Puppetry of the Dark
Eugene/NY theater company returns with Das Kaspar Theatre
by Anna Grace
UPDATE 8.4.09: The run of "Das Kaspar Theatre" has been cancelled.
Trial by Fire Theatreworks is back in town with an edgy new production of puppets and perversion.
The plot: Marlena’s grandmother’s puppets were locked away in a chest for years, stewing in memories of abuse and denail. When Marlena unlocks them, she unleashes the fragmented combination of nightmares and fairy tales that made up her childhood.
This play is uncomfortably real, laying open raw wounds and twisted family dynamics. Do not expect a tidy road to recovery with a nice, red ribbon signifying healing at the end.
In keeping with their mission to produce new and provocative works of art, Trial By Fire TheatreWorks (which produced last summer’s Beirut) takes on this dark, experimental project. The play, written by NYU professor Raïna von Waldenburg, is not a set work; it has evolved from poem to puppet show to short film to experimental theater. This production is only its second incarnation on stage. The rehearsal process has been organic, says producer/director Benjamin Newman, and each actor has informed character development and the overall shape of the production.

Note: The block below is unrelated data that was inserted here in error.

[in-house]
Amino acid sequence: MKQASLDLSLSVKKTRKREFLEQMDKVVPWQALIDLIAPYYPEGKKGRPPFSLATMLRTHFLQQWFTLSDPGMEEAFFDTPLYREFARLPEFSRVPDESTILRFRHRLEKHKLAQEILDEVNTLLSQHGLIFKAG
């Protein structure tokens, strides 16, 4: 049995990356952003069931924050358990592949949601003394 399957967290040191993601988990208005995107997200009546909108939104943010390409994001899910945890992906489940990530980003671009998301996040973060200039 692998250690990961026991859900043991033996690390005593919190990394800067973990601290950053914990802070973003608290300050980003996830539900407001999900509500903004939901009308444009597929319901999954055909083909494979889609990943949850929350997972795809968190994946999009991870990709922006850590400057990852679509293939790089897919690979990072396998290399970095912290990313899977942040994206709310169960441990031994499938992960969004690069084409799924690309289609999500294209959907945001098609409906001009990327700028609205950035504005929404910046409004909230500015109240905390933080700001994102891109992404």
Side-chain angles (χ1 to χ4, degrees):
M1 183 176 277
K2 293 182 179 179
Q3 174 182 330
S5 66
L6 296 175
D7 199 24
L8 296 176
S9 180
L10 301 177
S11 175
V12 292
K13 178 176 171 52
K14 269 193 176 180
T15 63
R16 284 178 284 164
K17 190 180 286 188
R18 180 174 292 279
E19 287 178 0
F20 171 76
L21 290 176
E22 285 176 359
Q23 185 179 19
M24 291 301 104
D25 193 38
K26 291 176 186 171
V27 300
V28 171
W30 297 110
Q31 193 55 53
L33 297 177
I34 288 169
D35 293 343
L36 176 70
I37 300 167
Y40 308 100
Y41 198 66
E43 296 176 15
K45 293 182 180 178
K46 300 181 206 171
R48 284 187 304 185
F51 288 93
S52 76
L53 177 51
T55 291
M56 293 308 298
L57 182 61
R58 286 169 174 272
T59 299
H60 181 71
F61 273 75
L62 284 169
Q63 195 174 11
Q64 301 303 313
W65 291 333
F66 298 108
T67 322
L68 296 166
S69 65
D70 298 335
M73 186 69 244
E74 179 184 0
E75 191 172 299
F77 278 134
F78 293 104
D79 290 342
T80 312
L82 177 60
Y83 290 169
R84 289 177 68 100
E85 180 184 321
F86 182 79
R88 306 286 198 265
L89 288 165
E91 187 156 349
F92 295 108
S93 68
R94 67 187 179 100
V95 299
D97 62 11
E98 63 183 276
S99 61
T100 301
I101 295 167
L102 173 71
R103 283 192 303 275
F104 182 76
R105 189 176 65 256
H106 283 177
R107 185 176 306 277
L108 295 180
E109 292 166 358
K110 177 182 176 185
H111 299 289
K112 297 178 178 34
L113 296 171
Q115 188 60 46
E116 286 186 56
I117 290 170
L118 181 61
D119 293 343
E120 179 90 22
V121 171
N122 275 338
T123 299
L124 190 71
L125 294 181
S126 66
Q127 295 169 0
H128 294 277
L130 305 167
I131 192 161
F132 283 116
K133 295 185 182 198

This open collaboration is not always easy, but a powerful way to bring the story to life, the actrs say. Julie Fether says it is the most challenging play she’s done in 30 years on stage. To begin with, most of the actors are playing puppets. Those who aren’t puppets (and even some who are) are multidimensional characters, neither good nor bad but gritty and true. Cast members used the word “important” over and over. Difficult, at times horrifying, the work challenges the cast to bring all of their skills and passions to the table.
Why is Newman devoted to such dark material? He says that taboo subject matter is not necessarily “sick.” This play, he believes, is not about abuse — it’s about hope. Newman suggests that while Das Kaspar is more brave than preachy, more heartfelt than heavy. And he says that although the material is difficult, its very chaotic nature makes it beautiful.
Das Kaspar Theatre runs Aug 5-8 & 12-15 in the Blue Door Theatre at LCC. Info at 683-1429.